While technically that's not true, it's definitely how I've felt in the last few months.
Sleep was never a huge part of my life. I stayed up late as a child, but didn't seem to need the extra rest. As a teenager, I found that chatting on the phone and staying up to do all the school work I had to do won out over being well rested. College earned me some real sleep, but I was still usually an early riser. Throughout high school and college, my sleep was constantly delayed because late at night was often the only time we could find to chat during our long distance relationship.
Sleep problems started my senior year of college. The mixture of the boy and I breaking up, being in a terrible dysfunctional relationship, and having to deal with the impending doom of the real world lead to sleep anxiety. I was having intimate relationships with Tylenol PM, Tylenol Simply Sleep, and NyQuil. (Seriously, one week my roomie and I went through an entire bottle of NyQuil. Not healthy or normal.)
When he and I split, the one thing I was looking forward to was the idea of getting a full night's rest. He kept wonky hours and was frequently up until about 4am. Combine his late hours with my light sleeping and anxiety about getting up for work, and it lead to a lot of sleepless nights and arguments. The one thing I could relish was that I would finally get a whole night of uninterrupted sleep. Even though I have always slept a little bit better with someone else in the room, I figured that consecutive hours of sleep would outweigh hearing someone next to me.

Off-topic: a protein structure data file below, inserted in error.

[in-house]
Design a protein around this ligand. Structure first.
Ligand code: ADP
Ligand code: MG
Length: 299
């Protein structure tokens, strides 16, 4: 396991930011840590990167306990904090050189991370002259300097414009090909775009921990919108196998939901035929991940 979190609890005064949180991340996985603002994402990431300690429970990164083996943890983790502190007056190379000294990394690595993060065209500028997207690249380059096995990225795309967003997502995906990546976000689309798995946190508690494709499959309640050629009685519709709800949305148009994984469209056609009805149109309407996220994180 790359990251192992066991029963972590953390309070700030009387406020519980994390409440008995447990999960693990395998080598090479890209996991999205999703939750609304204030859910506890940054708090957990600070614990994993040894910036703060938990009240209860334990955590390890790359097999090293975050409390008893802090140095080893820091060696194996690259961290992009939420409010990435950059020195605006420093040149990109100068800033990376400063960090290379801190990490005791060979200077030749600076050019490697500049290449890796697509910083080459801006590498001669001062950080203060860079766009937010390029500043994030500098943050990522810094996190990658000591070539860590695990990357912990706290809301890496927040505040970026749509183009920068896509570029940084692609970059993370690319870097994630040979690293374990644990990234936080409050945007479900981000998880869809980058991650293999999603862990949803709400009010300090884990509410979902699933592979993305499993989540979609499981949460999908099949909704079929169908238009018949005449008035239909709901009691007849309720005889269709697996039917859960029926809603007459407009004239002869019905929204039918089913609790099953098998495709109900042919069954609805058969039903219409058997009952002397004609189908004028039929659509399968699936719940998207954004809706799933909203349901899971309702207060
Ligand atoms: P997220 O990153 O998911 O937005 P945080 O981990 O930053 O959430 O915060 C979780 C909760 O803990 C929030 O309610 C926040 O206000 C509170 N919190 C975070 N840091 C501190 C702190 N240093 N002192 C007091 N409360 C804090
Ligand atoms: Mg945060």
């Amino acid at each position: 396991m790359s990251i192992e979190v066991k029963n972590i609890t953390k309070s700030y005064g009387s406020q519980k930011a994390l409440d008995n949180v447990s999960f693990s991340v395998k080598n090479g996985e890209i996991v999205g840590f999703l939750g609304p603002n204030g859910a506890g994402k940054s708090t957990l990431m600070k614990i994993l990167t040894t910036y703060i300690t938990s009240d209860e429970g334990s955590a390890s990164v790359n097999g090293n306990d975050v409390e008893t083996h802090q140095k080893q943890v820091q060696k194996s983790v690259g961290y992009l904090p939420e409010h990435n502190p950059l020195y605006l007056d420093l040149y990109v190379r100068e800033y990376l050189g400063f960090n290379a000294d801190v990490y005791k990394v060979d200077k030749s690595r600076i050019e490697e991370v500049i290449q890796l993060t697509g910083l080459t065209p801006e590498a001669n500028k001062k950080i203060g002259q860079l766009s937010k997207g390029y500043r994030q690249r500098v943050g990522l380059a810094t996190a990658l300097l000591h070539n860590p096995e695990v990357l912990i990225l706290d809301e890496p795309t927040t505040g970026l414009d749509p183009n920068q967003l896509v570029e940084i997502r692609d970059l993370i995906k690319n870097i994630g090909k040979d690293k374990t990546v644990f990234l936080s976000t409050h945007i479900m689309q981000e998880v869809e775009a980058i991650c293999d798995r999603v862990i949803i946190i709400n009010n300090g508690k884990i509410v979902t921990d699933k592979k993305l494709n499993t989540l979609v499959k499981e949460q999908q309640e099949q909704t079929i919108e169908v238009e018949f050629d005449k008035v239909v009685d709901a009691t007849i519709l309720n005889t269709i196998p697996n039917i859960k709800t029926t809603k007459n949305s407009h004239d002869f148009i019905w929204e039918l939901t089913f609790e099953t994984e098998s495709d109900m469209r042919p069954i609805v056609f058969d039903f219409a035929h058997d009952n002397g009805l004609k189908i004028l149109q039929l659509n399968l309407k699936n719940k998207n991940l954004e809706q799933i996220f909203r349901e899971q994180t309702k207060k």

Such wishful thinking.
The first few nights of drugging myself helped, but I'm fairly certain that I didn't sleep during the entire month of August, save when I was listening to the Pacific Ocean crashing outside the window.
Sleep tends to allude me. I get tired and want to sleep, but then as soon as I lay down, my mind starts racing. I know all of the tricks. Count backwards. Count sheep. Breathe in and out to counts of eight. Say your prayers. Turn the pillow. Change sides of the bed. Keep it cool.
I have taken every precaution. I don't drink caffeine. I don't keep a clock in my room. I don't use electronics after 9pm. I don't nap so I'll be tired in the evening. I drink Trader Joe's well rested tea and Neuro Sleep.
Sometimes these things help me. I get that wonderful drowsy feeling, and every now and again, I fall asleep. But more often than not, I'm up far too late hoping and praying that sleep will come.
Sometimes I fall asleep, only to wake up absurdly early unable to keep sleeping, even when I'm tired. (This actually leads to productivity--once I cleaned all the bathrooms in our apartment.)
The worst part of not sleeping is trying to explain sleeplessness to people who don't have it. I stare enviously at people who fall asleep on the couch and can stay there. I aspire to be the person who naps for a bit on a Saturday afternoon. I want to sleep. Sleep just doesn't want me.
People told me that that sleep would get better, that I was just adjusting to him moving out, that it would pass and everything would go back to normal. It's been about six months, and I'm still in a position where sleep escapes me. Sometimes, it seems to get better. Other times, I feel like it is square one.
I'm hoping to just start exhausting myself so I pass out. Another marathon, anyone?
I was someone's girlfriend for the better part of ten years. Some of my friends never knew me before I had a boyfriend. I have clear memories of NOT dating him, but at some point he just became a fixture in my life as much as anything else that is part of your daily landscape.